Tuesday, November 29, 2011

MinRex Conference on the rise of Digital Media

A notable conference is taking place on Tuesday and Wednesday of this week at Havana's Centro de Convenciones. It is titled, "Alternative media and social networks" [Taller Internacional sobre los Medios Alternativos y Redes Sociales], and is being sponsored by Cuba's Ministry of Foreign Relations (MinRex).

However, as this final paragraph from the Prensa Latina news report indicates, there are many, wildly different understandings of the term "alternative."

"The agenda includes the increasing importance of alternative media and social networks in the media battle Cuba and the so-called Third World countries are carrying out to include it in the international communicative scenario, states the website."

In other words, the conference seeks to discover how Cuba and other developing countries can use digital media and social networks to win the "media battle" against the dreaded "corporate Western mainstream media."

That's all well and good, but of course, the word "alternative" can also describe Cuba's own cyber-activists who seek to critically counter the official, state-run mass media in Cuba, otherwise known as propaganda.

Not all of these cyber-activists and bloggers are "dissidents," but most of them do seek to establish an autonomous space of independent, critical dialogue, debate, and sometimes dissent through the strategic use of these very same "alternative media and social networks."

For example, here's Yoani Sanchez's own take on the event and what she sees as the highjacking of the word "alternative" by the official organizers (as reported by Marti Noticias).

“The first thing that surprised me was the use of the word 'alternative.' Being an alternative is always understood as a way to confront officialdom and the status quo of the mechanisms of state information. Then you have the Cuban government organize an event which calls itself 'social networks and alternative spaces' but refuses to invite or is simply ignorant of the existence of a truly alternative community that uses social networks in Cuba.”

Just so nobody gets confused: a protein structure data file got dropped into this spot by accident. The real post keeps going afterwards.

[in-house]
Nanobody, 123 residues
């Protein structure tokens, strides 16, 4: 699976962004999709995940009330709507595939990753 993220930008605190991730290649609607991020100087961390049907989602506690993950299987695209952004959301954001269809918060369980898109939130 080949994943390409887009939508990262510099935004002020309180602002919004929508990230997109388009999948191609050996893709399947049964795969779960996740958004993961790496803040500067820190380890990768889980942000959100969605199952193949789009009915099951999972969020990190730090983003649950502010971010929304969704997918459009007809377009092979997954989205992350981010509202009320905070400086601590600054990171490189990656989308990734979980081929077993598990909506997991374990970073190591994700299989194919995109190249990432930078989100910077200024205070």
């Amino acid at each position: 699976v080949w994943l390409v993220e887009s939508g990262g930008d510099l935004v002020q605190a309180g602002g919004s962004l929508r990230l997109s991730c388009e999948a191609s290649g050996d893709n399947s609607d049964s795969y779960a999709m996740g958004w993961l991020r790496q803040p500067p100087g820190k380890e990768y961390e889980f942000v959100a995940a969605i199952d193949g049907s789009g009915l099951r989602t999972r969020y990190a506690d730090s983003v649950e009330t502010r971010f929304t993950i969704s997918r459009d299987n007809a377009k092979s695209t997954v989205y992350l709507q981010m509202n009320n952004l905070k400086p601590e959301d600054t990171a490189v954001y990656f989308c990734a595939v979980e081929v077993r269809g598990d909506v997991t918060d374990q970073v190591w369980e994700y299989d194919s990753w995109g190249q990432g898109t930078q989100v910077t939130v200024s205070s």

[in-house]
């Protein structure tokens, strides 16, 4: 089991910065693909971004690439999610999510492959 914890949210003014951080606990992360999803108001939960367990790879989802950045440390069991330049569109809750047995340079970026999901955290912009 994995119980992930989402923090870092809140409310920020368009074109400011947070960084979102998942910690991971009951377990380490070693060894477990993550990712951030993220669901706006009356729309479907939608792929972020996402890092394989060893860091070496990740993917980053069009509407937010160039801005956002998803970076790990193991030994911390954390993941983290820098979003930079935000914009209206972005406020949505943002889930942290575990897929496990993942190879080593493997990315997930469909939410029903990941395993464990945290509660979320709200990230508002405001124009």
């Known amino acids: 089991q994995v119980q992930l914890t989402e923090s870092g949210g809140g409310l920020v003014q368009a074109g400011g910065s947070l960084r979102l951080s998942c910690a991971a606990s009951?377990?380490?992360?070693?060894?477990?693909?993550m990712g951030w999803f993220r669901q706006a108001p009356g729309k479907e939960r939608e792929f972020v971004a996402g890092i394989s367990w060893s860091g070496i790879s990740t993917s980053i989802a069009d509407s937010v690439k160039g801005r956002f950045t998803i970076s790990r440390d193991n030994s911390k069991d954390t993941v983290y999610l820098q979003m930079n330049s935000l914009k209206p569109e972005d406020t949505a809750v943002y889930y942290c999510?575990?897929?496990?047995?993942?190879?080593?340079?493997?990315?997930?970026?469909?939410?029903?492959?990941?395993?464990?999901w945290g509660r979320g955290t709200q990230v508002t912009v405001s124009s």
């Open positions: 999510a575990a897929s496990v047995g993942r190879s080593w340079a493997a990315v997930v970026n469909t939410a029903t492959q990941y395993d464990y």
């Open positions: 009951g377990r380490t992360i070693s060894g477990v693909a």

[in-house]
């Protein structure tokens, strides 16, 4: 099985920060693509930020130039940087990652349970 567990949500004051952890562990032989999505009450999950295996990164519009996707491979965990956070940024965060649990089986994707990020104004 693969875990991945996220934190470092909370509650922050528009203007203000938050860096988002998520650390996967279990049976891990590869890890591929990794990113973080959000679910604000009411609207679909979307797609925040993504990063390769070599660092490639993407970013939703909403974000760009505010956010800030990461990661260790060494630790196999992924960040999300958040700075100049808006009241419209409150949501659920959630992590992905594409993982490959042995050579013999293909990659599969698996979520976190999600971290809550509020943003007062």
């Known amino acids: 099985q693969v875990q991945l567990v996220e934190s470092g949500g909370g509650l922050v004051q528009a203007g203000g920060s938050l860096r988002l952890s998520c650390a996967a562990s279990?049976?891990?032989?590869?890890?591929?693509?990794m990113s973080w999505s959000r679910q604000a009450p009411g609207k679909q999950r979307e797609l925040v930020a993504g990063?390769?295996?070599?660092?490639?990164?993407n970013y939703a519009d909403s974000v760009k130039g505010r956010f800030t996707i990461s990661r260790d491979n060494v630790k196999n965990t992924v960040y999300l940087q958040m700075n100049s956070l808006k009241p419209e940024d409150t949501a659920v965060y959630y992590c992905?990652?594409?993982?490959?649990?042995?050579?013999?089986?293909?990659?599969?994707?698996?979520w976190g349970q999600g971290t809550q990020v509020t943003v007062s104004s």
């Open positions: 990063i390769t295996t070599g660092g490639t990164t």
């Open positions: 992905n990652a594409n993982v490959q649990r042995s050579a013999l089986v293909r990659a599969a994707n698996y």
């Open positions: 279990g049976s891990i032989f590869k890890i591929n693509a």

“It is quite curious how they try to appropriate the term 'alternative' and make us think that being an alternative is synonymous with 'party' or 'government.' No, the real alternatives are we who have no Internet connection, no one pays us a salary for tweeting, no one orients us about what we have to do; the real alternatives are we who risk our lives, our credibility, and our freedom by narrating what we narrate.”


Keep reading below or the full Prensa Latina article, "Cuba Looks at Alternative Media, Social Networks" (though you won't learn much from it).

You can read more at the Marti Noticias article cited above which is entitled, "Figuras cubanas del ciberespacio: grandes ausentes en evento de redes sociales."

Finally, Penultimos Dias also has a note on the event that includes a pair of photos, one of which features Cuban agent Raul Capote and Jean Guy Allard, and another that shows bloggers Elaine Diaz, Sandra "negra cubana tenia que ser" Alvarez, and Paquito "el de Cuba."

Cuba Looks at Alternative Media, Social Networks
Havana, Nov 29, 2011 (Prensa Latina)

Delegates from more than a dozen countries on Tuesday debate about alternative media and social networks at an international workshop convened by the Cuban Ministry of Foreign Affairs.

The workshop "Alternative media and social networks, new scenarios of political communication in the digital field," will be held at the Havana's Conference Center, and will conclude on Wednesday.

Among participants are representatives from the Ministries of Foreign Affairs and Communication in Latin America, according to Cubaminrex website.

The event will share experiences on issues related to the changes occurred in the international media environment and the role of new communication platforms, states the note.

The agenda includes the increasing importance of alternative media and social networks in the media battle Cuba and the so-called Third World countries are carrying out to include it in the international communicative scenario, states the website.

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